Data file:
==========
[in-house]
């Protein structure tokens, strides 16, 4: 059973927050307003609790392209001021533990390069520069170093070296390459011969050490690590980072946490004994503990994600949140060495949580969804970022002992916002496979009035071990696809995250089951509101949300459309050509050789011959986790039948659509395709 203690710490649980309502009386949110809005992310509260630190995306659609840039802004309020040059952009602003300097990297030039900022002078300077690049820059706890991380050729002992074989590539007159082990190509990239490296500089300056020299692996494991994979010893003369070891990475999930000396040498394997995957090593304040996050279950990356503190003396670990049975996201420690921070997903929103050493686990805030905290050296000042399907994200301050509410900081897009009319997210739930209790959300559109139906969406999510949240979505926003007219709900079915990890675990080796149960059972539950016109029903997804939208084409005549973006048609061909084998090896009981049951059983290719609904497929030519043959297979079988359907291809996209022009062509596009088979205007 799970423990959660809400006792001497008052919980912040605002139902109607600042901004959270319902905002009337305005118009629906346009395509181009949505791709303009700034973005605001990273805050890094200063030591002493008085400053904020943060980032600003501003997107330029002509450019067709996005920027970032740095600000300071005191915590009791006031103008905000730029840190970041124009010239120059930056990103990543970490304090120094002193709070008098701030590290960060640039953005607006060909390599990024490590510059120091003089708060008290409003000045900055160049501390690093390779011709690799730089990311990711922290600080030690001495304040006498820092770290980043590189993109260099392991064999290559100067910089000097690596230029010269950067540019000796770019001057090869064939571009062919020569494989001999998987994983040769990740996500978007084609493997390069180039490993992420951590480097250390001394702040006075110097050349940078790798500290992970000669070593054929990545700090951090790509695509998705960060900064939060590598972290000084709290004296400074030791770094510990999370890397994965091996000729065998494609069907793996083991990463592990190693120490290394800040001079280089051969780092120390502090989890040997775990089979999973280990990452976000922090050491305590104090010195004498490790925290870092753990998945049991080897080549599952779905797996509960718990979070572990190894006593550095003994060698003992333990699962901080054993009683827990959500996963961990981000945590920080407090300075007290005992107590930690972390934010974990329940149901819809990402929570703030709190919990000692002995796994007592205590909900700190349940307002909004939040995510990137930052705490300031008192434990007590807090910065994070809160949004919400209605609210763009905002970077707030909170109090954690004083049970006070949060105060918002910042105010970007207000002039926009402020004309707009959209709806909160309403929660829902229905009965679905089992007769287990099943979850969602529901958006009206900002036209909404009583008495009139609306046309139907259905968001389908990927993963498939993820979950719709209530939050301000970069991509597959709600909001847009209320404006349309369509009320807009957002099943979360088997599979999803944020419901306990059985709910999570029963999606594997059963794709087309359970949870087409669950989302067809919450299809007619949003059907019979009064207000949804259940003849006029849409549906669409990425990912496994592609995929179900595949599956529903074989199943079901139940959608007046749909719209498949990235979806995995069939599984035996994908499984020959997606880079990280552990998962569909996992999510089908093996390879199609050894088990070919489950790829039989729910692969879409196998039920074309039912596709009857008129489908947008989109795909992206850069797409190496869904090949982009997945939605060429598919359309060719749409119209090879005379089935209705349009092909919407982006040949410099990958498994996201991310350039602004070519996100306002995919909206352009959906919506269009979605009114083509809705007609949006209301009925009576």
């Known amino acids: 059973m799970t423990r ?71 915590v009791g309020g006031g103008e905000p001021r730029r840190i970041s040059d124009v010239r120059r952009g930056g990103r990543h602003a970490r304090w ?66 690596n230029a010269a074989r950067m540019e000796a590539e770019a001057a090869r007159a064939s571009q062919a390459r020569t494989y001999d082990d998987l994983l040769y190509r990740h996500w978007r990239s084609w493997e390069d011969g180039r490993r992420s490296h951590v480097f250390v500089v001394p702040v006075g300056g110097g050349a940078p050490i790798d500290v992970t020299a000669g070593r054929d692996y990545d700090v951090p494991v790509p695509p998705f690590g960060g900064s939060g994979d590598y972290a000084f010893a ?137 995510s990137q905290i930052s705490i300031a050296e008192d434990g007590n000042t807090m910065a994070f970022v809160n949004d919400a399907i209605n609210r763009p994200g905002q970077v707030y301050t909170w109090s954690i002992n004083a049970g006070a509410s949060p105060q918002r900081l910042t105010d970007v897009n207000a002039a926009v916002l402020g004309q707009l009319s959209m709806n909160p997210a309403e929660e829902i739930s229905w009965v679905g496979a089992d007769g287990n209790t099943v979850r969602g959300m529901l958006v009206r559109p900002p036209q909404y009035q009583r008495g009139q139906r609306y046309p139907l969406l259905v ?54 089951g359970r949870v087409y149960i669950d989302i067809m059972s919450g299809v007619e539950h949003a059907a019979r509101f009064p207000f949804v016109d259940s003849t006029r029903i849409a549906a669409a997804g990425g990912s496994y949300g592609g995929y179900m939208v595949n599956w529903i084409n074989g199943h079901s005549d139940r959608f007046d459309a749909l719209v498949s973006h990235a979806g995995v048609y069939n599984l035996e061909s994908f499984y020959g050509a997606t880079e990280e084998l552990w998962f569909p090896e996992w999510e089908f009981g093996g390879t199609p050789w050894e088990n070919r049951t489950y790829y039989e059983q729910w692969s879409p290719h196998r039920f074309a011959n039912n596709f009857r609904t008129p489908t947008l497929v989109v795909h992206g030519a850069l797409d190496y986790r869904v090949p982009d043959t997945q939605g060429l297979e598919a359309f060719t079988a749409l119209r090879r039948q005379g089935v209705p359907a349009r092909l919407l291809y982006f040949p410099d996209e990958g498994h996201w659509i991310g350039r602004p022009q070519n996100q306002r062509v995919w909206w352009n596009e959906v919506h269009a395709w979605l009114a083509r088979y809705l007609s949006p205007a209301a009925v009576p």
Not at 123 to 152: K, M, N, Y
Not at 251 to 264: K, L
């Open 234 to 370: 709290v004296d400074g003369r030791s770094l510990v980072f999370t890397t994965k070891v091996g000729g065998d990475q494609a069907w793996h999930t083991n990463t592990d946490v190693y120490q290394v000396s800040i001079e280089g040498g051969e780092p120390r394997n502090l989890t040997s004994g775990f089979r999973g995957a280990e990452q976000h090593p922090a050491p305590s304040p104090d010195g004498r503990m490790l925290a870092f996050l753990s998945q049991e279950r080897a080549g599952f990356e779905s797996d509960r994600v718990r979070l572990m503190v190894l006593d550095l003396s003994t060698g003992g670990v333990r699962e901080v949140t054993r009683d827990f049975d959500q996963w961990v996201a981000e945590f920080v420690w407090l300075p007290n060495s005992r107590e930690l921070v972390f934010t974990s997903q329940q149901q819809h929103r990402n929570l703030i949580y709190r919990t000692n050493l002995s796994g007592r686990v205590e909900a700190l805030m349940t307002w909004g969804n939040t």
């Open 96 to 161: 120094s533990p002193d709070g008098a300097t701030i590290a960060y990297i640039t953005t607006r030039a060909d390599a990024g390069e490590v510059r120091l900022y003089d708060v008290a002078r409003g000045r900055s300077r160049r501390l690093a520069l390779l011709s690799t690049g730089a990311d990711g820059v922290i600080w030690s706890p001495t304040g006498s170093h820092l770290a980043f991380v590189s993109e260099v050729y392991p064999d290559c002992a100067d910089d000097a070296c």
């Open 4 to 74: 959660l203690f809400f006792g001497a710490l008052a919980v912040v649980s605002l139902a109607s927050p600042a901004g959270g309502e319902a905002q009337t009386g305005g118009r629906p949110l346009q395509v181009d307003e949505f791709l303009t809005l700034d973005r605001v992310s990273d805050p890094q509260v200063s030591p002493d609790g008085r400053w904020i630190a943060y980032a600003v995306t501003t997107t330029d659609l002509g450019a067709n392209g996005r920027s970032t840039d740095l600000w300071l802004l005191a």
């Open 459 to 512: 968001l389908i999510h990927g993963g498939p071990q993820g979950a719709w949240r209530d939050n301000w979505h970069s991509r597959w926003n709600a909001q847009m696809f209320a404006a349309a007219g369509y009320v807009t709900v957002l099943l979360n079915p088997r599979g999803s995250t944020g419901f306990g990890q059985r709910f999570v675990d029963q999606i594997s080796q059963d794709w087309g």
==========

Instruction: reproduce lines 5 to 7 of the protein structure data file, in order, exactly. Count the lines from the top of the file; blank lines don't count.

Not at 251 to 264: K, L
């Open 234 to 370: 709290v004296d400074g003369r030791s770094l510990v980072f999370t890397t994965k070891v091996g000729g065998d990475q494609a069907w793996h999930t083991n990463t592990d946490v190693y120490q290394v000396s800040i001079e280089g040498g051969e780092p120390r394997n502090l989890t040997s004994g775990f089979r999973g995957a280990e990452q976000h090593p922090a050491p305590s304040p104090d010195g004498r503990m490790l925290a870092f996050l753990s998945q049991e279950r080897a080549g599952f990356e779905s797996d509960r994600v718990r979070l572990m503190v190894l006593d550095l003396s003994t060698g003992g670990v333990r699962e901080v949140t054993r009683d827990f049975d959500q996963w961990v996201a981000e945590f920080v420690w407090l300075p007290n060495s005992r107590e930690l921070v972390f934010t974990s997903q329940q149901q819809h929103r990402n929570l703030i949580y709190r919990t000692n050493l002995s796994g007592r686990v205590e909900a700190l805030m349940t307002w909004g969804n939040t």
């Open 96 to 161: 120094s533990p002193d709070g008098a300097t701030i590290a960060y990297i640039t953005t607006r030039a060909d390599a990024g390069e490590v510059r120091l900022y003089d708060v008290a002078r409003g000045r900055s300077r160049r501390l690093a520069l390779l011709s690799t690049g730089a990311d990711g820059v922290i600080w030690s706890p001495t304040g006498s170093h820092l770290a980043f991380v590189s993109e260099v050729y392991p064999d290559c002992a100067d910089d000097a070296c």